The Academy is Broken Stories

The backward ways of academic book publishing -- and the leadership void

As an independent scholar who is often asked to contribute to anthologies of academic essays, I find the high price and Creative-Commons-hostile nature of academic books to be a serious deterrent to reaching my intended audiences -- or to even publishing with academic book publishers. Their books are priced between $100 and $150, for the library market. The publishers (Sage, Elsevier, Cambridge, etc.) reject or are ignorant of Creative Commons licenses, precluding easy or cheap sharing via the Internet. And the long production cycle means that it can be a year before my work reaches reader, at which point real-world developments have often changed. If I were a regular professor, however, I would have no incentive to challenge these problems because tenure-and-promotion policies reward the familiar, prestigious publishing venues, and few academics have educated themselves (or been taught) about copyright law, fair use and CC licenses. Older academics, at least in the humanities, are often more print-oriented than network-adept in their scholarship.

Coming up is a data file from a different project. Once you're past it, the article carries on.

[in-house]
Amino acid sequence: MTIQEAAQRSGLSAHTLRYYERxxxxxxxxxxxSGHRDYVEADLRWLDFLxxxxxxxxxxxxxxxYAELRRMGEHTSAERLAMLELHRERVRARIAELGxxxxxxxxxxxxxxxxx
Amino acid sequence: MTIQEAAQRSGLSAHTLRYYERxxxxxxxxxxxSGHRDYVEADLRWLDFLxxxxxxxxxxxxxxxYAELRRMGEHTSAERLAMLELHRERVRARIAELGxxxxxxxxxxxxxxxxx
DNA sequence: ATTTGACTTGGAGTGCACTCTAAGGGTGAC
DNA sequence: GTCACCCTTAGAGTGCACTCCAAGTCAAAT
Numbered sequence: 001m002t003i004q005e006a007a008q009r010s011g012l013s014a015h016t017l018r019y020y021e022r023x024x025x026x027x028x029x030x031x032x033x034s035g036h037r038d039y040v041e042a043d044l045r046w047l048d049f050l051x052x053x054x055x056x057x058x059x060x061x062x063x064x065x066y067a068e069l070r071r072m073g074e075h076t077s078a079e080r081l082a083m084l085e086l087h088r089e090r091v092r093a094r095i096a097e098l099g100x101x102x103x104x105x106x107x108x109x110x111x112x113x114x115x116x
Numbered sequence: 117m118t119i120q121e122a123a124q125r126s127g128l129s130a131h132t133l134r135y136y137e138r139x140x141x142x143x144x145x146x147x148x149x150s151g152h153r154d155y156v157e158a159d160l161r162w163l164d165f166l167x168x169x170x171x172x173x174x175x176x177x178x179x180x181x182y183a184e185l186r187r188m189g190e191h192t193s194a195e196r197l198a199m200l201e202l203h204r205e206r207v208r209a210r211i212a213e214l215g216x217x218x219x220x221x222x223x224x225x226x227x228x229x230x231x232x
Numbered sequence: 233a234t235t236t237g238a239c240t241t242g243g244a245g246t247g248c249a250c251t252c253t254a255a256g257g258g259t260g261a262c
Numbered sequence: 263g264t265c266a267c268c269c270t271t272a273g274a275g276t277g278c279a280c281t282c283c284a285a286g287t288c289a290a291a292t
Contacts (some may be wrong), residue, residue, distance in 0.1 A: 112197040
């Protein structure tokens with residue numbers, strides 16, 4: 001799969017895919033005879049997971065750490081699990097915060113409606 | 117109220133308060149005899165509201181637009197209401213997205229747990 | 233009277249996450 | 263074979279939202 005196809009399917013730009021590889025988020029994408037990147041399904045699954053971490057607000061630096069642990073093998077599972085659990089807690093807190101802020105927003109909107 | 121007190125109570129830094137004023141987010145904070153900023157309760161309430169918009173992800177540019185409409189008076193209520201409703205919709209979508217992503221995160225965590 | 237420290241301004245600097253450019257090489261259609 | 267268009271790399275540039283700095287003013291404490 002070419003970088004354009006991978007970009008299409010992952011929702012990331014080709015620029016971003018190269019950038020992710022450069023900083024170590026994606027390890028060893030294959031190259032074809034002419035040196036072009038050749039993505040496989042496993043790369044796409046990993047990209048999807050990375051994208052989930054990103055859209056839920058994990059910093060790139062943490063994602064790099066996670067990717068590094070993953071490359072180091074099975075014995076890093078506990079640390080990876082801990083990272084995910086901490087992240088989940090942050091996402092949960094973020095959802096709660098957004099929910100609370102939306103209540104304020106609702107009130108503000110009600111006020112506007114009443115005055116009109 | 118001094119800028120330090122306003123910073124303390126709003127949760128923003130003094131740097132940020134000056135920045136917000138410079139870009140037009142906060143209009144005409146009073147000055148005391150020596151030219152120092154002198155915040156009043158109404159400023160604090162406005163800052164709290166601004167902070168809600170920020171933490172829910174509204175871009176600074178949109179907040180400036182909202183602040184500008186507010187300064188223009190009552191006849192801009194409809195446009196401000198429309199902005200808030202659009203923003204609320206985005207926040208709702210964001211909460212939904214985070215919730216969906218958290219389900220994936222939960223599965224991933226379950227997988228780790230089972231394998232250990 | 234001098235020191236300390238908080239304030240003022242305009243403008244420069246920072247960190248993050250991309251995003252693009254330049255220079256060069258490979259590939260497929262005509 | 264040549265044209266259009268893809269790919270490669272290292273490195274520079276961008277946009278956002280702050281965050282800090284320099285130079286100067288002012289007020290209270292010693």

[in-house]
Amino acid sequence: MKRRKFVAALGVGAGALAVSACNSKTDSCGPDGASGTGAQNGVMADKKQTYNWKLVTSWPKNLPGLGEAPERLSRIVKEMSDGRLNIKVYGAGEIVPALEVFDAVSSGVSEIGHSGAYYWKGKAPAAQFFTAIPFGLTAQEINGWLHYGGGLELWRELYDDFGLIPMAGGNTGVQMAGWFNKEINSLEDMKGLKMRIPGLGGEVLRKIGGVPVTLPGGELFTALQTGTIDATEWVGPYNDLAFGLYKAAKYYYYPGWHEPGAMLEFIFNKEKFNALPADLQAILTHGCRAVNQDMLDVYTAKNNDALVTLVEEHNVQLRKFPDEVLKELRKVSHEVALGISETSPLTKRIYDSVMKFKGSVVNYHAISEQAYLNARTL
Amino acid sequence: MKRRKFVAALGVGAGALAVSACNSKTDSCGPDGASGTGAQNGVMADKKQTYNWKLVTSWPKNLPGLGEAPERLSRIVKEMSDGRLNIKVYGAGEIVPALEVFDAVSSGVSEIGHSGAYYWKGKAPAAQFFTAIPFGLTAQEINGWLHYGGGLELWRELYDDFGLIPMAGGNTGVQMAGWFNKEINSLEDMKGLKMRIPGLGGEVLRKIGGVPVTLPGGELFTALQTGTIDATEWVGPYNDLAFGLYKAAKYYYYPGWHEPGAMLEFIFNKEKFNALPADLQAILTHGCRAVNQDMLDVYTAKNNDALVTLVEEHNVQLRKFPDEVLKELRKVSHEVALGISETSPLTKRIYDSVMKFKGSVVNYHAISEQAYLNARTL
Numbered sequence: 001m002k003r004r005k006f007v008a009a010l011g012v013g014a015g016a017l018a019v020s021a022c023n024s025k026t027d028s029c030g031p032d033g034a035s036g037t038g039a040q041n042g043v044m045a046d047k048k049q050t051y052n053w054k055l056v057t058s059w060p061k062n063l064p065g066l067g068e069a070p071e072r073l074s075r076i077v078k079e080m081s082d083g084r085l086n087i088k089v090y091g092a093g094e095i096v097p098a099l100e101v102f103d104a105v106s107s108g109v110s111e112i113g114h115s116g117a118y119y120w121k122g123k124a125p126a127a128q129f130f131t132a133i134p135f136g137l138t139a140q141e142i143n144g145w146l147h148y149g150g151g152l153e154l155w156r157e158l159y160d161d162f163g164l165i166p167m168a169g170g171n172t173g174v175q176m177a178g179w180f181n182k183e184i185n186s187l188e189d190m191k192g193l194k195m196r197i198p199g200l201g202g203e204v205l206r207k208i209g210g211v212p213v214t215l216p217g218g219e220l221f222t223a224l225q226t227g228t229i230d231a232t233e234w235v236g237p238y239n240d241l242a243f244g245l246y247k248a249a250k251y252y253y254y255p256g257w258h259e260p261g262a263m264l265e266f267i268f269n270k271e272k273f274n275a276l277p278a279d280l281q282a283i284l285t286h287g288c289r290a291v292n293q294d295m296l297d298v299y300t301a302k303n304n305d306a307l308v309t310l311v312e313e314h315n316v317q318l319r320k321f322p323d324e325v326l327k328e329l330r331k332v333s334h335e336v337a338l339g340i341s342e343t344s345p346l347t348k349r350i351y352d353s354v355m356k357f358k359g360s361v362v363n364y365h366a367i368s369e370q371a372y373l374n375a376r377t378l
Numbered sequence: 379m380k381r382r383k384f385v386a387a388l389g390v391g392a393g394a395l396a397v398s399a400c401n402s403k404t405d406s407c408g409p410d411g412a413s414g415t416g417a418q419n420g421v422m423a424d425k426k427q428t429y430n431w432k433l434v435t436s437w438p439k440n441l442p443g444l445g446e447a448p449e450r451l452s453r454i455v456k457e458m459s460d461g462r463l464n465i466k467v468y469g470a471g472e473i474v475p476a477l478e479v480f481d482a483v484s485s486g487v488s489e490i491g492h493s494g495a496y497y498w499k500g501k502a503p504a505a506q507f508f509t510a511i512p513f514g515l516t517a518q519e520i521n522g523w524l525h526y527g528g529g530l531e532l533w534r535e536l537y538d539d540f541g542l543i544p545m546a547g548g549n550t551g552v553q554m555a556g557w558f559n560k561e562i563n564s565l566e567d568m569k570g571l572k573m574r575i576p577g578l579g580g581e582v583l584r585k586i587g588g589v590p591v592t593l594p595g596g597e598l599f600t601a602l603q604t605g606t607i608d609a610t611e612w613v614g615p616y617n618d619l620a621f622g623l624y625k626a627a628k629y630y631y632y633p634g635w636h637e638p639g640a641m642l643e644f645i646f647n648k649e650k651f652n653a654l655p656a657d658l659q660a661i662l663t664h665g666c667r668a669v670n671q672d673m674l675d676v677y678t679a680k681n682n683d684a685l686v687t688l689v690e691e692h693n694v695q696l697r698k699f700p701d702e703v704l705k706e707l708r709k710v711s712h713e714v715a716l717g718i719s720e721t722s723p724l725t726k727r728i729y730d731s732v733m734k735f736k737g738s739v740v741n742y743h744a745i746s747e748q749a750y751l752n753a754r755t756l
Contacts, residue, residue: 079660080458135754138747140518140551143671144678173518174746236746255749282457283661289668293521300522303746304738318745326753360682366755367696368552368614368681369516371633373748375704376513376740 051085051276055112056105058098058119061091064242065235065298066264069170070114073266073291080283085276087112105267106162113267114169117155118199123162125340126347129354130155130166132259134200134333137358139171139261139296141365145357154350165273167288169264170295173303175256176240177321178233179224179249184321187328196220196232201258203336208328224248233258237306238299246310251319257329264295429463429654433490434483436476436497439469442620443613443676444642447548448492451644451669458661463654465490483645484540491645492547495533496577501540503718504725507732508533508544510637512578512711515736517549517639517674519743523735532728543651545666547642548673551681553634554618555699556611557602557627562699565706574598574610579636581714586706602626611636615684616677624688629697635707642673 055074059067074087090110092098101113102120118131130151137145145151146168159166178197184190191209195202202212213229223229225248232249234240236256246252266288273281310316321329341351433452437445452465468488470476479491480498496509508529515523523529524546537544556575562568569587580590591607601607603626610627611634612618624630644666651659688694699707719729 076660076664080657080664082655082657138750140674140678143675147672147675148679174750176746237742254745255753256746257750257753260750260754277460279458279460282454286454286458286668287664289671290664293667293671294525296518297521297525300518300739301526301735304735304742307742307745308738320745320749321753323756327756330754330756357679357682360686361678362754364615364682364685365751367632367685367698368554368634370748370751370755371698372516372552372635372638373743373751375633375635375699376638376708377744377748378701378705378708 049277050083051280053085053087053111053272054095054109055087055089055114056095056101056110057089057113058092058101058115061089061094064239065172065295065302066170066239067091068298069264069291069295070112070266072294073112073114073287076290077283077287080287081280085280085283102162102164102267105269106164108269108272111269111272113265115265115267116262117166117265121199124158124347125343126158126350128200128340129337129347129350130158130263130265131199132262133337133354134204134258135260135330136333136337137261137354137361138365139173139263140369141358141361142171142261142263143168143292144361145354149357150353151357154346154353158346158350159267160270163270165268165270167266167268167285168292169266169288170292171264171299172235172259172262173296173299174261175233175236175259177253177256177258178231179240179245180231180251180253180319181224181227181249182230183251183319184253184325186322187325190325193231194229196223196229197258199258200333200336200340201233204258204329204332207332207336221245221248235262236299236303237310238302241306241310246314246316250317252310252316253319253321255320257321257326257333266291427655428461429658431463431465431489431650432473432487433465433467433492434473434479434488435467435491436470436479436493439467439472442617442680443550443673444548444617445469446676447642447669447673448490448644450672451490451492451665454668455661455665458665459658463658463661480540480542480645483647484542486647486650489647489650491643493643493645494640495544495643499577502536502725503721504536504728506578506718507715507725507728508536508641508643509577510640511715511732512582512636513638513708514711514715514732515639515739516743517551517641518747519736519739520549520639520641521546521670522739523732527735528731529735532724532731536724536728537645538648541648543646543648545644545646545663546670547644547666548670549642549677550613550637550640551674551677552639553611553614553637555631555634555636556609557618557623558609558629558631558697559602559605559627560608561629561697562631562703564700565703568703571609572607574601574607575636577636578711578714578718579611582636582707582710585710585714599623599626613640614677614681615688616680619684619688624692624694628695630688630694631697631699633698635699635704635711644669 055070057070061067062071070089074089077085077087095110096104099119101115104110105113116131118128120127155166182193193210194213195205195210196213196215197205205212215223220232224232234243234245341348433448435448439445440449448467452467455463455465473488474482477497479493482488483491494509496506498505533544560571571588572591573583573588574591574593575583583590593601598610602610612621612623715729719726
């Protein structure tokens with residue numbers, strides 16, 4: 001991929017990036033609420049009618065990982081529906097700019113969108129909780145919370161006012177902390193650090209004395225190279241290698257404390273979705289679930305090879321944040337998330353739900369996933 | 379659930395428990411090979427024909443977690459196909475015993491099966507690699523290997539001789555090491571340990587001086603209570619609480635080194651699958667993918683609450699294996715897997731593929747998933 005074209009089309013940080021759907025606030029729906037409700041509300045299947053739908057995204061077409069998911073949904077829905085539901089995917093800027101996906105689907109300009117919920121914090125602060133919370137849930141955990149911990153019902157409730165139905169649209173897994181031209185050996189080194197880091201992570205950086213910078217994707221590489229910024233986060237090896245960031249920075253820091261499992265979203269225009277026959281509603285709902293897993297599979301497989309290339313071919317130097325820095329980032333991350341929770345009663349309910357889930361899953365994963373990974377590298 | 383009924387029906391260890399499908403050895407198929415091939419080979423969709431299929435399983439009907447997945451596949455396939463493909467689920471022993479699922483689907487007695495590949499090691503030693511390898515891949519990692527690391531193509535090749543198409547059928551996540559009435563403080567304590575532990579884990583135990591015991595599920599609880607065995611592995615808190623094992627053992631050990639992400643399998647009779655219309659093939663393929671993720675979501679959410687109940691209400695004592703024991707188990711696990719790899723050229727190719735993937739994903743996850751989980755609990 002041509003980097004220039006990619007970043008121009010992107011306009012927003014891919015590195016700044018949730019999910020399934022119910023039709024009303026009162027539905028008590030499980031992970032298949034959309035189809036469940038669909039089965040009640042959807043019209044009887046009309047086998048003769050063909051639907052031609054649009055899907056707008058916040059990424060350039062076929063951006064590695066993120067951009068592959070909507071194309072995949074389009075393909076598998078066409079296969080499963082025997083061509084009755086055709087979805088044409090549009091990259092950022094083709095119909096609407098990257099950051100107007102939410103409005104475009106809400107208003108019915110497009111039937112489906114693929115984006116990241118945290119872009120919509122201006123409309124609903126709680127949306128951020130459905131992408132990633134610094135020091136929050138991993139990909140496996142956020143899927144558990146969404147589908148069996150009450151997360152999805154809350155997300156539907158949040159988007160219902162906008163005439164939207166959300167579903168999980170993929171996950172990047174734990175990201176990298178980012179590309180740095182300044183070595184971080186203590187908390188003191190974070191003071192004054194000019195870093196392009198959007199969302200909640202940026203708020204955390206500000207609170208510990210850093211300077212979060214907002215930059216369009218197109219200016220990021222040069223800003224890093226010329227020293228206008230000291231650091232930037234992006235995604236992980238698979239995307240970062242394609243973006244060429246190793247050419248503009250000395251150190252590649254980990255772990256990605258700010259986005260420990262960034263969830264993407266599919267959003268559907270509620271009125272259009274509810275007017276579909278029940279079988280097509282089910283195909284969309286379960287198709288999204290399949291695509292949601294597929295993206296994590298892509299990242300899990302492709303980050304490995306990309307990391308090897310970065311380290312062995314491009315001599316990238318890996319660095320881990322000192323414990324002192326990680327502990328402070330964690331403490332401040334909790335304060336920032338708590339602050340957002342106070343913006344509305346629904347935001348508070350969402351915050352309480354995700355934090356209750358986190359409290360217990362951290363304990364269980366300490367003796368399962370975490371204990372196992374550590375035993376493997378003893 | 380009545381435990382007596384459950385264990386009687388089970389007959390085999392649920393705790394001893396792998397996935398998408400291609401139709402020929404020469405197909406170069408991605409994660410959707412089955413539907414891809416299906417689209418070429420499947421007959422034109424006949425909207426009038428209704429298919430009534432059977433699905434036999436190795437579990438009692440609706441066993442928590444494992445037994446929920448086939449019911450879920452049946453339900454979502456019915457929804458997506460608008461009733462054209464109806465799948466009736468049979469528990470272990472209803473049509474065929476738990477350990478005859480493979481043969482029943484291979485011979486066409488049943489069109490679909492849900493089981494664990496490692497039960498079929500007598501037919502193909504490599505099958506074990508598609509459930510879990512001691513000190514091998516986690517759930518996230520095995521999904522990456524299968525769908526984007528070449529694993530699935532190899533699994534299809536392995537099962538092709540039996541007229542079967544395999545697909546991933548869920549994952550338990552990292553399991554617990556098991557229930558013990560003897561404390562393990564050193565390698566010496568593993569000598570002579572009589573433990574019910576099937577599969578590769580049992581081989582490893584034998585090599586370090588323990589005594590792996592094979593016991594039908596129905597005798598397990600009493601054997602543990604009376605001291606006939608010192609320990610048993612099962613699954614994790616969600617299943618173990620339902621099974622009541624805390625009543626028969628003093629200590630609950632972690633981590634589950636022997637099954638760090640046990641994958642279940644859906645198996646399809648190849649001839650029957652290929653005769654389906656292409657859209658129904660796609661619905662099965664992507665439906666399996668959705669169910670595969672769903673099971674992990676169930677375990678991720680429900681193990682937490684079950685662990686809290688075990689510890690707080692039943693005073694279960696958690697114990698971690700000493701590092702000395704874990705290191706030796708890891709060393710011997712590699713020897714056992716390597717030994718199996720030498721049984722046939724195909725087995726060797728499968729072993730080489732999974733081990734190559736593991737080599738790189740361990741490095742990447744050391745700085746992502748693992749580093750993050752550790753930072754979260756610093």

While open access journal publishing has at least made significant (but incomplete) inroads, academic book publishing remains in a primitive, under-developed state, despite the availability of suitable technology systems. The core problem would appear to be about institutional inertia and blind disciplinary/cultural prejudices among administrators. What could be an effective catalyst for galvanizing new attention and action in those precincts?

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Idea No. 45